RALEIGH--The quest for the meaning of life began this week with a set of four cards handed out randomly at the door. Each card carried a
one-sentence statement. The idea was to get 225 college students from across the country to trade the cards until they found four that
matched their own personal values.
For about 15 minutes, the ballroom inside the Talley Student Center at N.C. State University resembled a beehive. Swarms of students buzzed
across the hardwood floor making trades.
Nicole Collins liked two of the cards she was given. "I am sure extrasensory perception exists," read one. "I am uncertain but lean toward
believing in God," read the other. But the 21-year-old senior at NCSU was eager to trade the others -- one about God answering prayers and
the other about prophesy. They sounded too institutionally religious to her. If Collins was certain about one thing, it was that the Baptist
church of her upbringing, back in Martinsville, Va., no longer fit her emerging spiritual understanding.
"I believe there's something higher and bigger than all of us," Collins said. "But I don't affiliate with the religious thing."
Collins came to "Inward Bound," a three-day conference intended to help college students find their own spiritual paths, ready to ask big
questions about her life and future. She and the other participants, many of whom received small stipends to attend, were spiritual seekers,
eager for some connection to God and to community, but turned off by conventional forms of religious expression, especially creeds and
Increasingly, these students reflect the country as a whole. Although 80 percent of Americans say they are religious, only 54 percent belong
to a religious institution such as a church, synagogue or mosque, according to the American Religious Identification Survey, published
recently by the Graduate Center of the City University of New York.
What's more, one in six U.S. adults switches faiths over the course of his or her life. The United States is a country of religious seekers
on a journey of self-discovery. Nowhere is this more evident than on college campuses, where the search for a spiritual identity can be
William Willimon, the dean of the Duke University Chapel, said he sees it all the time. The brightest and most active students are those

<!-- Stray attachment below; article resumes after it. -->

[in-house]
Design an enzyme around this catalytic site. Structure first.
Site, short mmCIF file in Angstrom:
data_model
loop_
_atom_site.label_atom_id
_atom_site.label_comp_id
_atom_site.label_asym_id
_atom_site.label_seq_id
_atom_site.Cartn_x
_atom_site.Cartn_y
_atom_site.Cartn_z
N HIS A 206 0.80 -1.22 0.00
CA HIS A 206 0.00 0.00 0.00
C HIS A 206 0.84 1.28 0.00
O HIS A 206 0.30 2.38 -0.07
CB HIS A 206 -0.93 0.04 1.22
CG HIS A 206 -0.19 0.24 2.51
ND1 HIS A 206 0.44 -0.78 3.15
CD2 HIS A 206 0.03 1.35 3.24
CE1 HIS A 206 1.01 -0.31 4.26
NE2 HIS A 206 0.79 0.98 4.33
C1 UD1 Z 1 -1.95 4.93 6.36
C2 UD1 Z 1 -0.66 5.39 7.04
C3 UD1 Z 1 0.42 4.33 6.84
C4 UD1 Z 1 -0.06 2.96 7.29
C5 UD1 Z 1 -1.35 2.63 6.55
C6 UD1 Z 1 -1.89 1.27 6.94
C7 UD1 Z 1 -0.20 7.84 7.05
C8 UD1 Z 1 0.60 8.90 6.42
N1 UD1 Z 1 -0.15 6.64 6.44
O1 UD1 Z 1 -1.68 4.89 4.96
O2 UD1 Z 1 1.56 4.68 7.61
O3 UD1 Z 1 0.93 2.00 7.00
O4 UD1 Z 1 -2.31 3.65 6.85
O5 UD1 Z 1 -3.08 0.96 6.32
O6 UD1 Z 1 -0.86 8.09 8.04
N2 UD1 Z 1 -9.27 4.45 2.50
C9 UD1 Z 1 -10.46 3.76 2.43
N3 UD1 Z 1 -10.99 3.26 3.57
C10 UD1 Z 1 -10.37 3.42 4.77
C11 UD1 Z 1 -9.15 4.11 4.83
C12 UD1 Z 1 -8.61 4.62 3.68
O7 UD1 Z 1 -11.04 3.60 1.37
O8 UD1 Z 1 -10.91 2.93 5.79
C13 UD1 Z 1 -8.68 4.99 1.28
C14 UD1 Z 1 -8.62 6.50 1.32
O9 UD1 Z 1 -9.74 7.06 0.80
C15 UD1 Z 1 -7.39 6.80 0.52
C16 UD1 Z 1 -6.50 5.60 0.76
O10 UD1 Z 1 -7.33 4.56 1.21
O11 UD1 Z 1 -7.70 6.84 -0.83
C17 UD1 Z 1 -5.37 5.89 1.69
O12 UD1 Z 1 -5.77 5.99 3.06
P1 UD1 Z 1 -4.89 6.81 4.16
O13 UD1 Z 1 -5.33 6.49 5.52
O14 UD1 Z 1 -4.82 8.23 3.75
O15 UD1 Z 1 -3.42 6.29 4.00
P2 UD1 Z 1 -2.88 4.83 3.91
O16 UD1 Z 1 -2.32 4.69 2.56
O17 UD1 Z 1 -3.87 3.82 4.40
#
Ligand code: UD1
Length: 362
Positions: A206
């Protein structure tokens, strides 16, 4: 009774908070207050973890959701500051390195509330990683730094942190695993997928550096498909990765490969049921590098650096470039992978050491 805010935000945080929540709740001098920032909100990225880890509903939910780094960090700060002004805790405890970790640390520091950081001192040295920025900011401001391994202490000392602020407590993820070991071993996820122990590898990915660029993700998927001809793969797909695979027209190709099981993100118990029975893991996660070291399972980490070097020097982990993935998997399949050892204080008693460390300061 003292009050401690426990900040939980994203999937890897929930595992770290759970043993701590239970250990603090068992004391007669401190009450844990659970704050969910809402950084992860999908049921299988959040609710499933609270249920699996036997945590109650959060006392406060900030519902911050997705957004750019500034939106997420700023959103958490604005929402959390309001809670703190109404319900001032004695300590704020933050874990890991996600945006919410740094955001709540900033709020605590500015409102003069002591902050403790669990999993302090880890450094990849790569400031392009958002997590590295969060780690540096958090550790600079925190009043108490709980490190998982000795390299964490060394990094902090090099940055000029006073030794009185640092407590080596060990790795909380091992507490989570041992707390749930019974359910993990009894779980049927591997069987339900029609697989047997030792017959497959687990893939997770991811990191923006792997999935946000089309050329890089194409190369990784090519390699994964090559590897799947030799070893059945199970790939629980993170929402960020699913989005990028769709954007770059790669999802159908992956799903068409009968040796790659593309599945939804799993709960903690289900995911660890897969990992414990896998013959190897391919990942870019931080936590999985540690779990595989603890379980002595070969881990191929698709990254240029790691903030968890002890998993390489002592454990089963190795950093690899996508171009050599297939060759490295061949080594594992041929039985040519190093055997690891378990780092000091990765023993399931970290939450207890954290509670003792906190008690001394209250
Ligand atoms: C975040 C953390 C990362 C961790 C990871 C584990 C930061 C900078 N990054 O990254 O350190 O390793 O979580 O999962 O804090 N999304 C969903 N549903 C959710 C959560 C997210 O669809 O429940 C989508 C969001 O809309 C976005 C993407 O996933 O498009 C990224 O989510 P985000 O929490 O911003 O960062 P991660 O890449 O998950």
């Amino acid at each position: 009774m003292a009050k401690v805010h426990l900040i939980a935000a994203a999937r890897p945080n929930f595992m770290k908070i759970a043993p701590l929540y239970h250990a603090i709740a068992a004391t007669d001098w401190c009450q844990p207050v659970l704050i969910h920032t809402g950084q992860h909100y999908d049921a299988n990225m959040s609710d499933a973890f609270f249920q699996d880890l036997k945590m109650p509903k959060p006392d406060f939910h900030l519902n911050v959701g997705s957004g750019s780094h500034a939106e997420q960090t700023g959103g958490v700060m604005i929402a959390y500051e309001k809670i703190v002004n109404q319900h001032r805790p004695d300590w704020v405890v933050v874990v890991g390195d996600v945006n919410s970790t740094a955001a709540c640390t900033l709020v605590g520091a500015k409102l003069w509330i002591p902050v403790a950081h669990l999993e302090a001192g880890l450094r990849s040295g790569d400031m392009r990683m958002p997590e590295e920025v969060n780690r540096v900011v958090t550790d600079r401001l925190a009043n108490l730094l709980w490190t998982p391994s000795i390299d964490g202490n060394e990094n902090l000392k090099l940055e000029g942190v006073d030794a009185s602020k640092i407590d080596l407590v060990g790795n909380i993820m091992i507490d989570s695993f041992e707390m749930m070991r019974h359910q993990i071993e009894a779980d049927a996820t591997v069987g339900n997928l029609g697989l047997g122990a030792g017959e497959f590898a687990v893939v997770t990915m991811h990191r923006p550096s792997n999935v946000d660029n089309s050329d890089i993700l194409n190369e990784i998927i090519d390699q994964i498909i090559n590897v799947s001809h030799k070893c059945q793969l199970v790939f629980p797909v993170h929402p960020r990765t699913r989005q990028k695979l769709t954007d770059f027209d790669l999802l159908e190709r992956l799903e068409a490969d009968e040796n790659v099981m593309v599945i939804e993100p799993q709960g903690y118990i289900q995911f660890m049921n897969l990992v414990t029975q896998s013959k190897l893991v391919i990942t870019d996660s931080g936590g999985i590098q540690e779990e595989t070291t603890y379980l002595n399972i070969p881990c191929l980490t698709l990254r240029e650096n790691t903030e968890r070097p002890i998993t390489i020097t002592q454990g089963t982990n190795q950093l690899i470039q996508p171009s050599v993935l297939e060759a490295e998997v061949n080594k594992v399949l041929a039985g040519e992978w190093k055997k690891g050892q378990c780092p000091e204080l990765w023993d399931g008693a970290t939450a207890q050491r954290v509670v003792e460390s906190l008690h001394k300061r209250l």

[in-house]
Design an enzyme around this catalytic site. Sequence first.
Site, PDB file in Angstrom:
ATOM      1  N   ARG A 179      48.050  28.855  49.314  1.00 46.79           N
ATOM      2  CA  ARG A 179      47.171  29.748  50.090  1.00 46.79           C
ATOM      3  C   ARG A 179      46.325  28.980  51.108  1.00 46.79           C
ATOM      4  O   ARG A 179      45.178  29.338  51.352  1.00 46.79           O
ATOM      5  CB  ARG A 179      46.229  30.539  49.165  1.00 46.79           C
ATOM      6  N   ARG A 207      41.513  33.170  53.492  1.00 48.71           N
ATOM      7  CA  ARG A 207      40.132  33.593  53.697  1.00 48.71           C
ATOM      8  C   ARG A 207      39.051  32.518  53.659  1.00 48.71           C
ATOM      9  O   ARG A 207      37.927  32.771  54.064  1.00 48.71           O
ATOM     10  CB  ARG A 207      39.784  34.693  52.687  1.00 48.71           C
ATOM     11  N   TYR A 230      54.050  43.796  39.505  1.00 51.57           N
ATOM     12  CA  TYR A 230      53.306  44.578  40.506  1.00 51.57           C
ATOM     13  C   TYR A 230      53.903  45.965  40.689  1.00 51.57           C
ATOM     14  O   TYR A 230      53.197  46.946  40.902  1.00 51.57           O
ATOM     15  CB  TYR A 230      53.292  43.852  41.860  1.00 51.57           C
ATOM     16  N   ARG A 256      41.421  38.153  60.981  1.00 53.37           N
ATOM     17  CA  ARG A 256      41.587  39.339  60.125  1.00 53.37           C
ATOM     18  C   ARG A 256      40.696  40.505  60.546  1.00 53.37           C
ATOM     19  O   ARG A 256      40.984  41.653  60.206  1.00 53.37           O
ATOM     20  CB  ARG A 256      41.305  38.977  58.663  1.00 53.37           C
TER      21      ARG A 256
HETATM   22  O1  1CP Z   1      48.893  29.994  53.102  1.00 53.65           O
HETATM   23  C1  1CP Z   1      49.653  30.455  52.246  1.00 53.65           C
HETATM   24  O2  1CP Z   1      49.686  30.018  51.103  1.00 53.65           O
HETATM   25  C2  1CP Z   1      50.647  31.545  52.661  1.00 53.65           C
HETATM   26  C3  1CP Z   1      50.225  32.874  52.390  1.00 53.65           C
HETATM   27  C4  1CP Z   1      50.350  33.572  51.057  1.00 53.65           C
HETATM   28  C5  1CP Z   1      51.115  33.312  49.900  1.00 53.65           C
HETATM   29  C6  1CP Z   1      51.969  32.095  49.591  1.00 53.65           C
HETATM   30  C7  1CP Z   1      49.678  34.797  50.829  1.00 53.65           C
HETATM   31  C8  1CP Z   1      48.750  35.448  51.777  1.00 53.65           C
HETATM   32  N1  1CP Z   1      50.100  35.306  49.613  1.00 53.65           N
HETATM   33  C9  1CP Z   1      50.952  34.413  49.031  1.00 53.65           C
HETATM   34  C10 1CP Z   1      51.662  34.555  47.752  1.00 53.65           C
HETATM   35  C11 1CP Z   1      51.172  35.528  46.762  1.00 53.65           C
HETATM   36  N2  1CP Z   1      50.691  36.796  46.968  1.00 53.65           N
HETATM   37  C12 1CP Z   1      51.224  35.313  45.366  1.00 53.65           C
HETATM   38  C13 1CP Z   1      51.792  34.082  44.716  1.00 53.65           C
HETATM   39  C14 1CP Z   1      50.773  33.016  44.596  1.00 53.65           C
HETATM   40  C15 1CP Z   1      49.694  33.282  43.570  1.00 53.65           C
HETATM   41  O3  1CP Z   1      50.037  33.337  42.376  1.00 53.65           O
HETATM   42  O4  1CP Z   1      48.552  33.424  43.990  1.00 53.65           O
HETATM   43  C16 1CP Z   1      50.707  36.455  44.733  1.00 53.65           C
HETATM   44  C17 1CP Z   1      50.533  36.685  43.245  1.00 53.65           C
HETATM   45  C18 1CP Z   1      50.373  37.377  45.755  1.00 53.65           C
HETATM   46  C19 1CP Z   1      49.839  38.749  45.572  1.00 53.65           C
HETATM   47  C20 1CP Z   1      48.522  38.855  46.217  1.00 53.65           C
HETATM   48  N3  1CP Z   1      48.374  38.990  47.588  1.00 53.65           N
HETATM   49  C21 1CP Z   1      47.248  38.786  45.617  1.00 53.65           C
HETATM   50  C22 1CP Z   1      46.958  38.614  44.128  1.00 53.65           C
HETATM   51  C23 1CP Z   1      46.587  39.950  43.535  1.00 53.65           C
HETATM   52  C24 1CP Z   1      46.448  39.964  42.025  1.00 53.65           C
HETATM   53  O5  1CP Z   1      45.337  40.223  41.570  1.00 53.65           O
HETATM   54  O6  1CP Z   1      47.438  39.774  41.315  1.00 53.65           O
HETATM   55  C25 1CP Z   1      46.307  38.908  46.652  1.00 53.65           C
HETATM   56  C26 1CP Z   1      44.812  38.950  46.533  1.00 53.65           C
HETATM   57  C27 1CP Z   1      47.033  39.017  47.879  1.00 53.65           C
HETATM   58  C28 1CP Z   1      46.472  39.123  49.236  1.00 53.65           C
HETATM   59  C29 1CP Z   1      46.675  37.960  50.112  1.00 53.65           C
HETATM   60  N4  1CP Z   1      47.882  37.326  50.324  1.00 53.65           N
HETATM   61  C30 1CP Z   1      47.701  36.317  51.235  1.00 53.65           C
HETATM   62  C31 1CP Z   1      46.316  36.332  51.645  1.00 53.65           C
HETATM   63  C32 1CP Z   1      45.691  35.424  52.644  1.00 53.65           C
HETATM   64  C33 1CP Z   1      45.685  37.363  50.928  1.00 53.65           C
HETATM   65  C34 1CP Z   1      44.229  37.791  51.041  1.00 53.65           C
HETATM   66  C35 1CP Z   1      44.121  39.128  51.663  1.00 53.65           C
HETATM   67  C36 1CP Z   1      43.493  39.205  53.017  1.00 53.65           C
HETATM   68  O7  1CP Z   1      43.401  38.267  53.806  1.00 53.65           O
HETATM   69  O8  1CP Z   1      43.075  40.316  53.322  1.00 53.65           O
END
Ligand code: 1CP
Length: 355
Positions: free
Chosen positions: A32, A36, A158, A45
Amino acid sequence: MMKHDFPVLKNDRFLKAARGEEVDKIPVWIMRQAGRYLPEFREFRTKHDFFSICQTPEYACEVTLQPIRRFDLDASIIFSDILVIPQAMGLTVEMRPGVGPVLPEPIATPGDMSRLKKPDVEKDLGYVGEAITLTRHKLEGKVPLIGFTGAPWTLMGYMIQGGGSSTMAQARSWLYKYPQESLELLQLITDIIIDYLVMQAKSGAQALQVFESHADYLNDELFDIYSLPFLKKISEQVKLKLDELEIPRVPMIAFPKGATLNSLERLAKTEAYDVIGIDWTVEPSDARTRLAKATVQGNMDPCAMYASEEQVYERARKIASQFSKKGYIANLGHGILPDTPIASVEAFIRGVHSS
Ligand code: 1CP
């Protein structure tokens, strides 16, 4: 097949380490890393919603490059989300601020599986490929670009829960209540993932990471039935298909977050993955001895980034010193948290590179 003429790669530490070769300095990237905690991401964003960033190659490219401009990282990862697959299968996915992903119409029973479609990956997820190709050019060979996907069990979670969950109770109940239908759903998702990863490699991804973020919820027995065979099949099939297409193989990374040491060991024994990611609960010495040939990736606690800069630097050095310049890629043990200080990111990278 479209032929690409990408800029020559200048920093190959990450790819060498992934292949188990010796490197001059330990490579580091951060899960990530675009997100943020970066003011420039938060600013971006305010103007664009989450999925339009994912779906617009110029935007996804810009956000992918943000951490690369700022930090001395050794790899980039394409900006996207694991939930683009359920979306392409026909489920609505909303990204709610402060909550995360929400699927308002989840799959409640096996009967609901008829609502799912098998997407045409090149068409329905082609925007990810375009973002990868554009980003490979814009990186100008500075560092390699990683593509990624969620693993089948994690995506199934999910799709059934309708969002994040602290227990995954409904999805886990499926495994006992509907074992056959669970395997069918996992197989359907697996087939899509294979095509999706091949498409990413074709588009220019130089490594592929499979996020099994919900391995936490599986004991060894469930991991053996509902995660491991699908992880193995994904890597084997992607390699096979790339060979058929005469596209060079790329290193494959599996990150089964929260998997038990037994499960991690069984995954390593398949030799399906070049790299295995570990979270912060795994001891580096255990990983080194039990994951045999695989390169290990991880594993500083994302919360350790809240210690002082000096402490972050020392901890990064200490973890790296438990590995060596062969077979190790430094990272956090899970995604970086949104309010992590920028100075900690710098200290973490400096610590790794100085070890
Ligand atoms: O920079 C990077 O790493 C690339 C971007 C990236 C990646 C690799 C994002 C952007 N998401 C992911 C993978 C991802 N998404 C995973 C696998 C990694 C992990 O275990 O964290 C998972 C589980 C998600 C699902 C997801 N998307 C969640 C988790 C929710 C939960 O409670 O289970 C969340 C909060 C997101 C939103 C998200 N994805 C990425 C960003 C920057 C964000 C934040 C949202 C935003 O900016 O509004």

most interested in trying to fit a spiritual component to their lives. And while he has reservations about the quest for spirituality
divorced from religion, he said he preferred it to its opposite.
"I'll take the wandering and the self-revelation over the disengaged, detached unexamined life," Willimon said.
The conference, organized by the Self-Knowledge Symposium, a 13-year-old nondenominational student group started at NCSU with a $25,000
grant from the Templeton Foundation, was all about self-examination.
Though they had opportunities to hear from a Catholic monk, a Buddhist teacher, a rabbi, the majority of the conference was spent in small
groups, where students shared their innermost thoughts and tried to figure out their own paths.
In one group, a student talked about how death was forcing her to re-evaluate whether she was living life to its fullest. In the past month,
she said, her boyfriend's brother committed suicide and her grandfather was diagnosed with prostate cancer. Another student wanted to join
the Peace Corps, but said her parents were pushing her to get a business degree and work her way up the corporate ladder.
Not everyone thought baring their souls would help them find a new spiritual path, and many students firmly rooted in one faith tradition
opted out of the group discussion.
"I have found what I was looking for in what I was raised in," said Anisa Kintz, a student from Macalester College in St. Paul, Minn., who
was raised in the Baha'i faith. "I think that's also extremely valid," she added, saying she didn't like the emphasis on conversion to a new
Indeed, scholars says, spirituality has not traditionally been something people come up with. It's something they're born into. A
spirituality cobbled together from different traditions can be vague, amorphous, generic.
"It's hard to be just spiritual," said Nasrin Al-Dawoodi, a senior at Wellesley College in Massachusetts, a Muslim. "How do you pull it off?
It's fluffy, superficial. Spirituality should be born out of an intensity with a certain practice."
Willimon, the dean of the Duke Chapel, said the danger of a pick-and-choose spiritual quest is that it becomes a commodity like everything
"How do you know this search is not falling into the hands of a capitalistic culture. I pick out a car. I pick out a job. I pick out a god
that suits me?" Willimon asked. "We should not be surprised that students well-schooled in consumerism see religion as something they
But for many students like Emmaleigh Petz-Ritter, a junior at Guilford College in Greensboro, the chance to talk to students like her
searching for spiritual truths was enough.
"It's profound to be with 200 people looking inward, looking for a path," she said. "A lot of times people are distracted. They don't look
inward. I think it's important to see that people are searching."